JC:  Mr. Peyton.  This court is fully aware of the peculiar relationship 
     that exists between the witness and counsel for the defense.  But 
     please, gentlemen, confine yourselves to the matters of interest to 
     this court. 
MP:  Yes, your honor.

MP:  Steven, would you like someone to read your last comment back to 
     you, or whatever they do here?
JC:  Mr. Peyton.
MP:  I am sorry, your honor.  I was just thinking, that when I put this 
     boy through law school, I was hoping he would come out with a little 
     more poise.  A little more professional manner about him.  But I 
     believe you were asking me about your mother's character. 
SC:  You said she was stable.  Didn't you mean rigid?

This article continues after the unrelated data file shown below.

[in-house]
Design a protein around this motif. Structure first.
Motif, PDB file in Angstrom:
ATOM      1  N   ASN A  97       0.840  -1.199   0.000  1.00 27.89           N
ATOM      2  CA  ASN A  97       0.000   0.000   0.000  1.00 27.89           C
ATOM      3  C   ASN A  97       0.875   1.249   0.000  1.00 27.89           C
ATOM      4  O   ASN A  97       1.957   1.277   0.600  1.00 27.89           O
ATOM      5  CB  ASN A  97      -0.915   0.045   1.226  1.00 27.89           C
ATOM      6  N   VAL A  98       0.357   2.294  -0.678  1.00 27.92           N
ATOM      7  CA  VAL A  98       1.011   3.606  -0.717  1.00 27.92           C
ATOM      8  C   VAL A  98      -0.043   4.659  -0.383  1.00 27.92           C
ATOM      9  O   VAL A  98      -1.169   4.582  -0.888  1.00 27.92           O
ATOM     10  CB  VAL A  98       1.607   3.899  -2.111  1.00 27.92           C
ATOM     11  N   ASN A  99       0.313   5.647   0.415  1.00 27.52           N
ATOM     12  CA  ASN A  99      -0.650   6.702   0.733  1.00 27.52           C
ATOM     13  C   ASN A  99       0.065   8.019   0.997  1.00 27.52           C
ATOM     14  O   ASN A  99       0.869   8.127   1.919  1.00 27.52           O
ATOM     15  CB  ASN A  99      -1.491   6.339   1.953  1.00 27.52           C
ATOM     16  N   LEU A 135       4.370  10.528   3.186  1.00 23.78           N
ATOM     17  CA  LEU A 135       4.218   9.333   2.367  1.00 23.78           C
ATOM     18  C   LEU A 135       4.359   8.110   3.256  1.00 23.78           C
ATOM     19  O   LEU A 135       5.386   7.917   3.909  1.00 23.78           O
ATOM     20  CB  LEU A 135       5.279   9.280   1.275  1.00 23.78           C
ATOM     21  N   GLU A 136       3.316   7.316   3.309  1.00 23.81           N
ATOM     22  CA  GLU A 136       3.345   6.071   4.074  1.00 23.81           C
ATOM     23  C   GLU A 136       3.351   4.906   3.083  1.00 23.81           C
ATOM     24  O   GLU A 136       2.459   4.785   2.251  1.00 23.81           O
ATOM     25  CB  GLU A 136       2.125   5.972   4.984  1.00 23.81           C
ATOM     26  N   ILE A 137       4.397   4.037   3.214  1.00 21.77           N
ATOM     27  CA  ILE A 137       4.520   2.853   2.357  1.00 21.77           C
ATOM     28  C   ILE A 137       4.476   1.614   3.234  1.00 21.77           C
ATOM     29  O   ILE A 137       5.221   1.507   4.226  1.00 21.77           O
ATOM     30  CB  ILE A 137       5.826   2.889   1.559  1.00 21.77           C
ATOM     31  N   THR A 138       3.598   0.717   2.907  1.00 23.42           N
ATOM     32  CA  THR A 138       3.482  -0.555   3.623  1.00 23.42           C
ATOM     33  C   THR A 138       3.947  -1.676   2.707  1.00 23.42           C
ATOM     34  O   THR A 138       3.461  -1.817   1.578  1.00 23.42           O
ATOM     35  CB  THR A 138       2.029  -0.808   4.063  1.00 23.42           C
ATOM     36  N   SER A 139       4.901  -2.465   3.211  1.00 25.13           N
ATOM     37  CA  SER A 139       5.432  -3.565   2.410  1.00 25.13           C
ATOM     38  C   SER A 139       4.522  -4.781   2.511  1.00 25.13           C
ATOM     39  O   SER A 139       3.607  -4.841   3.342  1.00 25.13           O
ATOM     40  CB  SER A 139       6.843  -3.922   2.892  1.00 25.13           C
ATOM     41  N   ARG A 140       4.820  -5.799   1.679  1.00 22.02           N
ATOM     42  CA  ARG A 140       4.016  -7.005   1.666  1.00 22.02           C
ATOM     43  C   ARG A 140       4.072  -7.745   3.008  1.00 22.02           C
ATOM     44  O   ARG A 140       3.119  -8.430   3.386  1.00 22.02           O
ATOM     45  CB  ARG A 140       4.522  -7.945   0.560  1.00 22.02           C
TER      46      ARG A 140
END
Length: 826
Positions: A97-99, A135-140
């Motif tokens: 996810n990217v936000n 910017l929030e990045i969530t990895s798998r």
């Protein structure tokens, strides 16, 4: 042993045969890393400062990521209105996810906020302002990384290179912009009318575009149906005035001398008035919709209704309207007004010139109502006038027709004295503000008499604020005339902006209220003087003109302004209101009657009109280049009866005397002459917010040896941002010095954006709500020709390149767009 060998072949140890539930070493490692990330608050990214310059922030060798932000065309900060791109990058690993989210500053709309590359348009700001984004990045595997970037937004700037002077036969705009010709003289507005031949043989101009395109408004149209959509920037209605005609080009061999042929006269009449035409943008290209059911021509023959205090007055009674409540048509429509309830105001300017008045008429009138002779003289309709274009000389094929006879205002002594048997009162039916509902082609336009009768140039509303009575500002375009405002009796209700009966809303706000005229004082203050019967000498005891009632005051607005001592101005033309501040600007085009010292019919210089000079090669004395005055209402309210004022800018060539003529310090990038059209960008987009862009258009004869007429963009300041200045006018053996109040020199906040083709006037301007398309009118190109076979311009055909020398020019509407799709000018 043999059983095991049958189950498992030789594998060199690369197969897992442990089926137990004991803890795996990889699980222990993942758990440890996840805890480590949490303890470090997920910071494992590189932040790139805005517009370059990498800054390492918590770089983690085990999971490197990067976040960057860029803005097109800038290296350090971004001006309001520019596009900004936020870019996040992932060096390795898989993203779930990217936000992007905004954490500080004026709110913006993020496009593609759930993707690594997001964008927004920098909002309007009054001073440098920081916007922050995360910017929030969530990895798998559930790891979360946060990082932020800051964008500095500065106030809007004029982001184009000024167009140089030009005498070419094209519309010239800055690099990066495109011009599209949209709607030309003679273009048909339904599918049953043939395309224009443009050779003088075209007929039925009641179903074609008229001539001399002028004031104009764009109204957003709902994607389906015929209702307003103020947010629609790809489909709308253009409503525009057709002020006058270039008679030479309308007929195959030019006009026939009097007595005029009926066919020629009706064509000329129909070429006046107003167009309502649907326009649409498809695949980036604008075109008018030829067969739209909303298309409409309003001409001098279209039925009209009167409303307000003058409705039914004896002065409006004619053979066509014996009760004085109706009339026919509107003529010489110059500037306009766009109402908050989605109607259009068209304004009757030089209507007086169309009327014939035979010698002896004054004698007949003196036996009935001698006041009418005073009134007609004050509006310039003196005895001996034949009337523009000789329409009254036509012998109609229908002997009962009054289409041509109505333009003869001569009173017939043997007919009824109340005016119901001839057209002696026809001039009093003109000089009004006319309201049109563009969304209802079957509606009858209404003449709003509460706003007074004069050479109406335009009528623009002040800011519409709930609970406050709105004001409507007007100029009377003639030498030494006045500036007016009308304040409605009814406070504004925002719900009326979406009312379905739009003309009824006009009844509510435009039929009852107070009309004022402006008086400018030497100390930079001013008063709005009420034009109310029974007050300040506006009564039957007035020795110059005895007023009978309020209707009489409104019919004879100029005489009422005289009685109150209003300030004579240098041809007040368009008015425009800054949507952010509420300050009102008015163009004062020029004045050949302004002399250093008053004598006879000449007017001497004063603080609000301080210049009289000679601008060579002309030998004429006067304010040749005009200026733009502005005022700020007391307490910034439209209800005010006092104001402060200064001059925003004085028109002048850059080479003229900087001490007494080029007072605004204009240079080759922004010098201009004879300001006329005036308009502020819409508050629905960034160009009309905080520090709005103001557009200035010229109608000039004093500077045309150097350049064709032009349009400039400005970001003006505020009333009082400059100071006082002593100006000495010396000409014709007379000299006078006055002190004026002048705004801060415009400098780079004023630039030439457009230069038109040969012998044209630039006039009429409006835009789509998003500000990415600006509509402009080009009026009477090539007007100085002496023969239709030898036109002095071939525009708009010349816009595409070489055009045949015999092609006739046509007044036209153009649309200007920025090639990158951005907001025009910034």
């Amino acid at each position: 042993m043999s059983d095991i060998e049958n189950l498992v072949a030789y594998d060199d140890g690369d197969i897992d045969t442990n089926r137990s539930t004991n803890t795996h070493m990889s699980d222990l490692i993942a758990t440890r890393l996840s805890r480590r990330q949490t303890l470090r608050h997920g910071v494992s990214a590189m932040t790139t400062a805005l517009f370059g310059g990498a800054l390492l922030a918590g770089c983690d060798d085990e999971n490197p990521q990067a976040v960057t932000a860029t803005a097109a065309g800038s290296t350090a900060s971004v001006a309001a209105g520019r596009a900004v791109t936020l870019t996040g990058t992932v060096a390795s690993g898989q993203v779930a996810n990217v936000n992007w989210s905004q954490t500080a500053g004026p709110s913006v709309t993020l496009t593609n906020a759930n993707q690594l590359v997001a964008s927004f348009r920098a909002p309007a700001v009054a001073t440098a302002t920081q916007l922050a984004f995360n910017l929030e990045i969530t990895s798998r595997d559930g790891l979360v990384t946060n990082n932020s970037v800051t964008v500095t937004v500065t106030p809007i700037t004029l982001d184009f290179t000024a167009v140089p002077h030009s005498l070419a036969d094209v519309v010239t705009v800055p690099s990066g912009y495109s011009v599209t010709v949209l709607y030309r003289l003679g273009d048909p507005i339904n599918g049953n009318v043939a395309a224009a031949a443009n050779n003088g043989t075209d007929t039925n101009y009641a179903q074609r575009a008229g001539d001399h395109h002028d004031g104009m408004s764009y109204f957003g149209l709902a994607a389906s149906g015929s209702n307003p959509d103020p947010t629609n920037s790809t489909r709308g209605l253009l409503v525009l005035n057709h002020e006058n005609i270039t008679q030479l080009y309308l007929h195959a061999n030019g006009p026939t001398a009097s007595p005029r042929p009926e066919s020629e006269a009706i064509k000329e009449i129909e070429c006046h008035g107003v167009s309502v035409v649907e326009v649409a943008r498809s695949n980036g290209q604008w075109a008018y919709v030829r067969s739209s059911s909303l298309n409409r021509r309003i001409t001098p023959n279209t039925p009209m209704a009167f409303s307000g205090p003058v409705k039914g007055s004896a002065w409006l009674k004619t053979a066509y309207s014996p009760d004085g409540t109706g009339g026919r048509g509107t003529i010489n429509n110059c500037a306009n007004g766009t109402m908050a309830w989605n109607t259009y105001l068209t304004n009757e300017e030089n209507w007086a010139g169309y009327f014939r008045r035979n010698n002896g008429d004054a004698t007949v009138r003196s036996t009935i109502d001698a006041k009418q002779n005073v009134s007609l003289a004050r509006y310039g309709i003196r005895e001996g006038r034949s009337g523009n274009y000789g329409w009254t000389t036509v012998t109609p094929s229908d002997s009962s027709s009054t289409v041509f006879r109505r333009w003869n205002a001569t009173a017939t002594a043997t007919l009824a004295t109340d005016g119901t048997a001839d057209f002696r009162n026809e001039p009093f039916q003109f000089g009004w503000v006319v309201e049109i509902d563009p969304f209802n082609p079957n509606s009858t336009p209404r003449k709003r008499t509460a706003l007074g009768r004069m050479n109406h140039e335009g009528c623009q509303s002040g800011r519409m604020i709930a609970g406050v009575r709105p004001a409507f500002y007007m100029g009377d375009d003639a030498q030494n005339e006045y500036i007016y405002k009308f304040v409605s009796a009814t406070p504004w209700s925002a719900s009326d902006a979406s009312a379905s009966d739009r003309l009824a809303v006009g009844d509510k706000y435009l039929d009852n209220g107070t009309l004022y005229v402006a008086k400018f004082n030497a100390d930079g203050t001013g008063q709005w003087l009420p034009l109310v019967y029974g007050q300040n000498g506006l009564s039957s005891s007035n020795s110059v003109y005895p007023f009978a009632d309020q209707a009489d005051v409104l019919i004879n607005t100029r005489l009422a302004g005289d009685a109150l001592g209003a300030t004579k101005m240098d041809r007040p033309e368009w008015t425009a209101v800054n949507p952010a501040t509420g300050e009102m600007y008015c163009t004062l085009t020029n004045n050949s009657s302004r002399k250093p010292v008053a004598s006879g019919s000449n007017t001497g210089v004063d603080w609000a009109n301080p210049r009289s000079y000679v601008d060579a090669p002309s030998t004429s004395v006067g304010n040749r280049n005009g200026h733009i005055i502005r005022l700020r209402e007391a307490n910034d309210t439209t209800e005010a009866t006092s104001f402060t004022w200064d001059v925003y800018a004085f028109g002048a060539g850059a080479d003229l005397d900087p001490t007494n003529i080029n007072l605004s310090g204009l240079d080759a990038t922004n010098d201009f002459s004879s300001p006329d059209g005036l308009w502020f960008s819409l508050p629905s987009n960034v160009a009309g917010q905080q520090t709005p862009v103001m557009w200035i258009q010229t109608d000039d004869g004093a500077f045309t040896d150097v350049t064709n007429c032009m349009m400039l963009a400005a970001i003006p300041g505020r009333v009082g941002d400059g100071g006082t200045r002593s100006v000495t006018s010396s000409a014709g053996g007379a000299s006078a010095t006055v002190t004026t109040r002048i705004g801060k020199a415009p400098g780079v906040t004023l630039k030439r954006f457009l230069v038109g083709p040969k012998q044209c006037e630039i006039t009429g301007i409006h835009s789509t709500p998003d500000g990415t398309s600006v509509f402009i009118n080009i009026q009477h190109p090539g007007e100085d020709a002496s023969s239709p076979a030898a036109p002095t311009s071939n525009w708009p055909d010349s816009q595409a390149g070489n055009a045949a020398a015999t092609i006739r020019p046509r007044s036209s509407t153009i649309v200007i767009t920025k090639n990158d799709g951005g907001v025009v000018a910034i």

MP:  Steven, you grew up at my knee.  You know that I never select a word 
     unless I'm sure it is most appropriate.  I meant stable. 

SC:  In the 30 years Mrs. Cord has been in your employ, have you ever seen
     her break into a violent rage?
MP:  Oh no.
SC:  Have you ever seen her laugh convulsively.
MP:  No.
SC:  Weep profusely?
MP:  Huh, are you trying to trap me into a contradiction.  Would you like 
     to suggest that I didn't see the re-union between Mrs. Cord and Ann 
     Howard?  That I didn't see them weeping? 

SC:  Then they were crying.
MP:  That's what I said.

SC:  You said, eyes were red, handkerchiefs were wet.  The rug was damp 
     with maudlin tears of mohter and daughter.  There had been tears.  
     Lots of tears. 
MP:  Yes.  Yes, that's right. 
SC:  All this from a woman you described as stable.  From a woman you 
     have never seen run the full gamut of emotions in the 30 years 
     you've lived in the same house with her?  Wouldn't you say, Mr. 
     Peyton, that if Hannah Cord was moved to tears, quote, lots of tears